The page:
Jumbo Content

Project Scientist Comments on New NASA Timelapse


In this video, PACE Project Scientist Dr. Jeremy Werdell comments on the new time-lapse of life on our entire planet over the last two decades, and discusses how NASA data are being used to study the health of ocean ecosystems.
Click image to view movie. Credit: NASA/GSFC
[17-Nov-17] NASA scientists now have the most complete global picture of life on Earth to date. From the unique vantage point of space, NASA observes not only Earth's landmasses and oceans but also the organisms that live among them. We see the entire Earth breathing, growing and changing.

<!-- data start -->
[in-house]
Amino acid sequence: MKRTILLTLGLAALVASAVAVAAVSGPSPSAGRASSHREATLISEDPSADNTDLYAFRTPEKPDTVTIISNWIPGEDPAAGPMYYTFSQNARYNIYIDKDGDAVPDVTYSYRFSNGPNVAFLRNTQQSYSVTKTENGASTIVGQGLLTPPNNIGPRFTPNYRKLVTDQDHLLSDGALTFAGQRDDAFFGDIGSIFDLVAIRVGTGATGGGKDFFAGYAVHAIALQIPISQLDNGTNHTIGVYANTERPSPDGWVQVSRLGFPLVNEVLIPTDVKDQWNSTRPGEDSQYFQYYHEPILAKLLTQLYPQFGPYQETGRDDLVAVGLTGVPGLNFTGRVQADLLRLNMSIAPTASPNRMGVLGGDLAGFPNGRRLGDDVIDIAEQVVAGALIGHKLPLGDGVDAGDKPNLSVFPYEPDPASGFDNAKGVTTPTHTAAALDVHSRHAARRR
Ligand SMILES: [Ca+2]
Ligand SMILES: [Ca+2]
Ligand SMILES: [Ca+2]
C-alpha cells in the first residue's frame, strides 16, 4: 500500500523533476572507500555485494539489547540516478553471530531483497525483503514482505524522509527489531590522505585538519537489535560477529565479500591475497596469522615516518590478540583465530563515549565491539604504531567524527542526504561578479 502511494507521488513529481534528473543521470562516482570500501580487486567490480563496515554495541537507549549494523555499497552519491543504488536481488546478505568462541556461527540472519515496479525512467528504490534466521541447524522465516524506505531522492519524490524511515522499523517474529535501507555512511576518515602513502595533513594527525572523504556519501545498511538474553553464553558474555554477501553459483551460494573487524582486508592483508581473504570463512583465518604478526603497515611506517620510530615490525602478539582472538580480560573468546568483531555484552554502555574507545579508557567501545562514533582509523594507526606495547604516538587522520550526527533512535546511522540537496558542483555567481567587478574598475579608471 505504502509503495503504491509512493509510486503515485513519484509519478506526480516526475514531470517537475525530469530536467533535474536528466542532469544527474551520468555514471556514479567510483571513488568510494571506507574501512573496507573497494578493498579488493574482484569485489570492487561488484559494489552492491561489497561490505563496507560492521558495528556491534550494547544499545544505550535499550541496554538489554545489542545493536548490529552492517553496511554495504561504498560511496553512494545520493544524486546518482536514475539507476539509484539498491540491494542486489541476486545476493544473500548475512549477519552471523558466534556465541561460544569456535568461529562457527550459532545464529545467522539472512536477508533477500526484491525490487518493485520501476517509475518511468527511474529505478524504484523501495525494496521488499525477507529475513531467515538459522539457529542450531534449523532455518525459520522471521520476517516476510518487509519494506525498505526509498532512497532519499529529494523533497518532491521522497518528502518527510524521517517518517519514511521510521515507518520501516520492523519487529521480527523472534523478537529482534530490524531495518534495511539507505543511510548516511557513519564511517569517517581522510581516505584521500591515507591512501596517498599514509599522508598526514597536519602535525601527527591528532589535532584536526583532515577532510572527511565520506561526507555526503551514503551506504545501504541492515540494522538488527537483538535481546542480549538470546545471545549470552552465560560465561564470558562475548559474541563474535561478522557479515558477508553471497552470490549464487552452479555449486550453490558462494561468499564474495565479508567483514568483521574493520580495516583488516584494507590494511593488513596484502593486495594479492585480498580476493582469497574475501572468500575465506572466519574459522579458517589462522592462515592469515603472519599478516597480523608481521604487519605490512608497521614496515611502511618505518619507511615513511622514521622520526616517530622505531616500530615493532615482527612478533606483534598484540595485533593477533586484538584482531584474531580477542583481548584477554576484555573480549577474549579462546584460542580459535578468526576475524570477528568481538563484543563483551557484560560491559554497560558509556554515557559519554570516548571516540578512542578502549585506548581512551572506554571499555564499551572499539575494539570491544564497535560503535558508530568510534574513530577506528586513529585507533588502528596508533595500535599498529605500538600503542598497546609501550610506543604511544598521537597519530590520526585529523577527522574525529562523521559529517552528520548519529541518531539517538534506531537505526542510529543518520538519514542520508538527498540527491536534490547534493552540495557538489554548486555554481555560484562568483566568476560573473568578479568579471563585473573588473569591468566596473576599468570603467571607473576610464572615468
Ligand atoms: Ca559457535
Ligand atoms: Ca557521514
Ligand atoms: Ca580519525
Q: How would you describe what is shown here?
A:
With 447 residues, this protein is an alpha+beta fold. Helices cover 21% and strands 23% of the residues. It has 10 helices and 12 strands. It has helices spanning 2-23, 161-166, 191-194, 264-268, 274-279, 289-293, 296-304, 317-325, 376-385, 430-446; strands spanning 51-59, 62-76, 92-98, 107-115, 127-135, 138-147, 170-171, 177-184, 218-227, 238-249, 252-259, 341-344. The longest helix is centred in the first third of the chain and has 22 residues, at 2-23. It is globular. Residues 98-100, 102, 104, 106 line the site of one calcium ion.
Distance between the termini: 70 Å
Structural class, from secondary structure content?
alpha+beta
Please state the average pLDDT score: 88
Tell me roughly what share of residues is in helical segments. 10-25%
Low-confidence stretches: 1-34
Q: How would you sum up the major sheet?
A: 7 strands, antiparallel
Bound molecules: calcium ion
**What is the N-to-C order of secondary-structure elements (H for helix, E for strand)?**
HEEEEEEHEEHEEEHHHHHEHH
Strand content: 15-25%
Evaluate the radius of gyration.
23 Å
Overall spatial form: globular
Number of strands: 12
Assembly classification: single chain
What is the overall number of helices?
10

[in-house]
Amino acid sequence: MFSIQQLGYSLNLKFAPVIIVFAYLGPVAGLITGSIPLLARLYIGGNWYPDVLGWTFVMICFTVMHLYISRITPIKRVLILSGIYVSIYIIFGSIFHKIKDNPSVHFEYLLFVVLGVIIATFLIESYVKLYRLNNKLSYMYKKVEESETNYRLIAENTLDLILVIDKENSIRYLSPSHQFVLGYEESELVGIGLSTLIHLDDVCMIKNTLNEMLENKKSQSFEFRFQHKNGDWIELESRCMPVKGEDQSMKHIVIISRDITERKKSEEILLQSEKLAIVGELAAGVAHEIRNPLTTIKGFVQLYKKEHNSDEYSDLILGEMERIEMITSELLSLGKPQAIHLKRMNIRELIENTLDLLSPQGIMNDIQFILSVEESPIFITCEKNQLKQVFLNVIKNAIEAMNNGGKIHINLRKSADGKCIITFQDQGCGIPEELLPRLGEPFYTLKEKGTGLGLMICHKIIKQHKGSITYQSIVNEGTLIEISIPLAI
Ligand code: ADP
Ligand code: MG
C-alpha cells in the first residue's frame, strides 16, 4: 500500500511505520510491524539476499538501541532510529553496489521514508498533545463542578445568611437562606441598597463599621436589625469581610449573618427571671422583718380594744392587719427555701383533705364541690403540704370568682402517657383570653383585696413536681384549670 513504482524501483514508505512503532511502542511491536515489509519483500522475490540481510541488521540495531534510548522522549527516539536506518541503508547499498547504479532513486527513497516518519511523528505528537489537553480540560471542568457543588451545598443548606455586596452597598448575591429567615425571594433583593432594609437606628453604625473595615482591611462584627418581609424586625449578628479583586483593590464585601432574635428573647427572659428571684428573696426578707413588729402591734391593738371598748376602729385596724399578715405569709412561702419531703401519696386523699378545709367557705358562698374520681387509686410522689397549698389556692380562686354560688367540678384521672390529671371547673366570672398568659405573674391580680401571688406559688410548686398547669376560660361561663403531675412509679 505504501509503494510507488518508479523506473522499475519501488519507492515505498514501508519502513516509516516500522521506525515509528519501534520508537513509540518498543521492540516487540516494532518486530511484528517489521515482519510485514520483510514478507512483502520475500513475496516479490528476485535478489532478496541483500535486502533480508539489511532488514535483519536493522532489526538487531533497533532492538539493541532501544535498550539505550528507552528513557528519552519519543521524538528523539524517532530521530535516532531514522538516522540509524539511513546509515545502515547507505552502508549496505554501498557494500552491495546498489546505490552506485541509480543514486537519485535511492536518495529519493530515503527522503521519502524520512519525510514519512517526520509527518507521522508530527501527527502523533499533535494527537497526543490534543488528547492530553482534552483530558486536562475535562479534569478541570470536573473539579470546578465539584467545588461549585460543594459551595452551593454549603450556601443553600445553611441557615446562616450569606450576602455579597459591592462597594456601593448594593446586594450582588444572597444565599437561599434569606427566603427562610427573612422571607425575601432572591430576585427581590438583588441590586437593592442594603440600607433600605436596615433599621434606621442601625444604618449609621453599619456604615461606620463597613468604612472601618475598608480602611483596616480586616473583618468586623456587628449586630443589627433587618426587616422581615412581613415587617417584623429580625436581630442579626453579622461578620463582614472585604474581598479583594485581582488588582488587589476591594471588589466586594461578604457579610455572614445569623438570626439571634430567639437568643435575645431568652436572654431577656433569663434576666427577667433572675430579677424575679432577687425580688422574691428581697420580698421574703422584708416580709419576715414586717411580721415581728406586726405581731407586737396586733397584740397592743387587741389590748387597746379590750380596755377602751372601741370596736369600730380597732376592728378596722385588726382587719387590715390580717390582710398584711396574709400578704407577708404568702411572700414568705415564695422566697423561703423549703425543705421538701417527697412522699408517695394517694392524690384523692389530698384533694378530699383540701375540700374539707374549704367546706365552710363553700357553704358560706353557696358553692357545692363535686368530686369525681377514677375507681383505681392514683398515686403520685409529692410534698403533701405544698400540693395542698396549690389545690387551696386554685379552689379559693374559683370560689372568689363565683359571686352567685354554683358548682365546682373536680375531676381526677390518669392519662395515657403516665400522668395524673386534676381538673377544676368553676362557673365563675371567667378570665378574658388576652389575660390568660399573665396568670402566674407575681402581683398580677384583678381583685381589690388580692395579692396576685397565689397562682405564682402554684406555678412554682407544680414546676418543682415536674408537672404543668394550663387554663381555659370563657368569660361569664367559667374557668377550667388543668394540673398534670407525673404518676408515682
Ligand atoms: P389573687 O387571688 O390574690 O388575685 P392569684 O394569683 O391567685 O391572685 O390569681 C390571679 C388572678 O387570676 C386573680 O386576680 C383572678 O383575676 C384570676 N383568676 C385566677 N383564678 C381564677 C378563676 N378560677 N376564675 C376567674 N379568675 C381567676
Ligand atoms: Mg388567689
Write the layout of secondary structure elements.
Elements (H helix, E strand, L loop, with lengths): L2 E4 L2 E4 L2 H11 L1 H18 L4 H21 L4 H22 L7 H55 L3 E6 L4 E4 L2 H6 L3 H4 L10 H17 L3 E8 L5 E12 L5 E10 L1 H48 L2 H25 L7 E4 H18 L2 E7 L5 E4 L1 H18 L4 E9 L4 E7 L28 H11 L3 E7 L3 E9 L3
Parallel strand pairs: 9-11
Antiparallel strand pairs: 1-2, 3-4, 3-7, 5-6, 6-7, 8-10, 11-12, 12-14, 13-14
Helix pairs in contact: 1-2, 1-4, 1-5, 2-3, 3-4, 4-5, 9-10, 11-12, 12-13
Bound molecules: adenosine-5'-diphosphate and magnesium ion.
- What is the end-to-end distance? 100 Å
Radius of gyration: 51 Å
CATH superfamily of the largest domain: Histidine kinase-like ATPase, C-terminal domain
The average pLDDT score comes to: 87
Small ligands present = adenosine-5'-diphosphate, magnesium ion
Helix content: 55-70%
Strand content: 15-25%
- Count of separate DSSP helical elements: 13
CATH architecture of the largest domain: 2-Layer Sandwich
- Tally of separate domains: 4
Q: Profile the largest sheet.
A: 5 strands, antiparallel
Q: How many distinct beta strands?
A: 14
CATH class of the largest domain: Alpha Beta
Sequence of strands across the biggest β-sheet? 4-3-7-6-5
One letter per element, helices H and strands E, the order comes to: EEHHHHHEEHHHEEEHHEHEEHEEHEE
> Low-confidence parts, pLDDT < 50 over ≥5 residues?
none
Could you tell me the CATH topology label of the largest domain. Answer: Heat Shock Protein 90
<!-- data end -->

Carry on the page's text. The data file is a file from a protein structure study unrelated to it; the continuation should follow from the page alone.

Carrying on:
A true understanding of our planet requires us to keep a keen eye on its living inhabitants. With NASA's fleet of Earth-observing satellites, scientists can track worldwide changes in vegetation, marine life, human development and more. We've seen fisheries evolving, deserts expanding, spring coming earlier and fall coming later. Seeing these kinds of changes occur all over the world has taught us a lot about the ingredients for life and the environmental conditions that can sustain it.

In this video, PACE Project Scientist Dr. Jeremy Werdell comments on the new time-lapse of life on our entire planet over the last two decades, and discusses how NASA data are being used to study the health of ocean ecosystems.